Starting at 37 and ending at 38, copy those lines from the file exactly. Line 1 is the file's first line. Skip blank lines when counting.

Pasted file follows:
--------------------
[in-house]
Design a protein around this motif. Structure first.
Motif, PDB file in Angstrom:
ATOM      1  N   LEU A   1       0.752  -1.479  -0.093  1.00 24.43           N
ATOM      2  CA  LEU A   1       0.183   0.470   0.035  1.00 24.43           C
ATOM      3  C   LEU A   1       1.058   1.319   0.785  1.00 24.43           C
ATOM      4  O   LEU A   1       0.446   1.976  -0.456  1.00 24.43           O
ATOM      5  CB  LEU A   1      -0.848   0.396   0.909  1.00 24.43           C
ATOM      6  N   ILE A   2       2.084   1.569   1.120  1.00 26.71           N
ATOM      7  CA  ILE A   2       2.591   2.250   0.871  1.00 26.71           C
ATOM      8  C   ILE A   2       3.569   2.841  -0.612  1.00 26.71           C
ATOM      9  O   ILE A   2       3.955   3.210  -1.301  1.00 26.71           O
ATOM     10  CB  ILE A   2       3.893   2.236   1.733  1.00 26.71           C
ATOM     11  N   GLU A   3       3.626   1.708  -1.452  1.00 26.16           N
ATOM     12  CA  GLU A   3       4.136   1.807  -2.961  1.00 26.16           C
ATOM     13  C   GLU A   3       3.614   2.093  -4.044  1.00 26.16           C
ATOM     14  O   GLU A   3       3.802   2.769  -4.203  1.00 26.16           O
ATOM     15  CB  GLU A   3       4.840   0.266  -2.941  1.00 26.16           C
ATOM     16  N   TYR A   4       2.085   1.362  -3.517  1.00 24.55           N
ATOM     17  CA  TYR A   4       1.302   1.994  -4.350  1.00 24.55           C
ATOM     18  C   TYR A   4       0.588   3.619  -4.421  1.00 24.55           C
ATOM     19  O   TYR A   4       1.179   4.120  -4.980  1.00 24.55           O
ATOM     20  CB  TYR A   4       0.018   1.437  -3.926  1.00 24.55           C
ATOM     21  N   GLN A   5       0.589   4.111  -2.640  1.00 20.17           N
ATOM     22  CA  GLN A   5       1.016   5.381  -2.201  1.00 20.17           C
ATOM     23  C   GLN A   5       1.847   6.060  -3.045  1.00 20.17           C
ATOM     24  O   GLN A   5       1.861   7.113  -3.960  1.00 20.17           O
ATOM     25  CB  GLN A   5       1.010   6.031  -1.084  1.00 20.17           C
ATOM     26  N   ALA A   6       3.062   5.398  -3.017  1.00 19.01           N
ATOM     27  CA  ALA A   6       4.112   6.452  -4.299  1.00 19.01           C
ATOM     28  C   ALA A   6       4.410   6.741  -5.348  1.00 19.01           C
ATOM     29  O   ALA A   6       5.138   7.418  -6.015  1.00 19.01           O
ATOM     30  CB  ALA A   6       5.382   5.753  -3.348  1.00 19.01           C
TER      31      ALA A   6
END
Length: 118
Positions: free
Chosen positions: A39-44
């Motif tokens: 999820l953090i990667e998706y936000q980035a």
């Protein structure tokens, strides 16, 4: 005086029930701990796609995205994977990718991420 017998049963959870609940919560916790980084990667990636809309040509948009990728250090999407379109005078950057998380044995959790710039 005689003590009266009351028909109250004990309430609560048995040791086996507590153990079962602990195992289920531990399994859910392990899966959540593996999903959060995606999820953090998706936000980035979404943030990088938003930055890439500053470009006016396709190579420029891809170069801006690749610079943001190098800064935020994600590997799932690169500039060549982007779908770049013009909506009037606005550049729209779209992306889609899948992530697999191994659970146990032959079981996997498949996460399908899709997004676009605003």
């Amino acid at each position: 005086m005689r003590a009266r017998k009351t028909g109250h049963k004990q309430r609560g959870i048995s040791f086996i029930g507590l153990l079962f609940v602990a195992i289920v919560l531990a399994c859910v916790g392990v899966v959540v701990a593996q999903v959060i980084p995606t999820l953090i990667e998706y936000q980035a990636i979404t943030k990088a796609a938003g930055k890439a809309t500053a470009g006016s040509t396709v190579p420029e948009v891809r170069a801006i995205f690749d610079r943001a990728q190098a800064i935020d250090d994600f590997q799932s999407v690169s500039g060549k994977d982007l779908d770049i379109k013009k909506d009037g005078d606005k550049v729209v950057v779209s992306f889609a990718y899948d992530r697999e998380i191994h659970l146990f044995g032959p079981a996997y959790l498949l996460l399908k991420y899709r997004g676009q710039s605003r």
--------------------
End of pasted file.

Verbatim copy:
Positions: free
Chosen positions: A39-44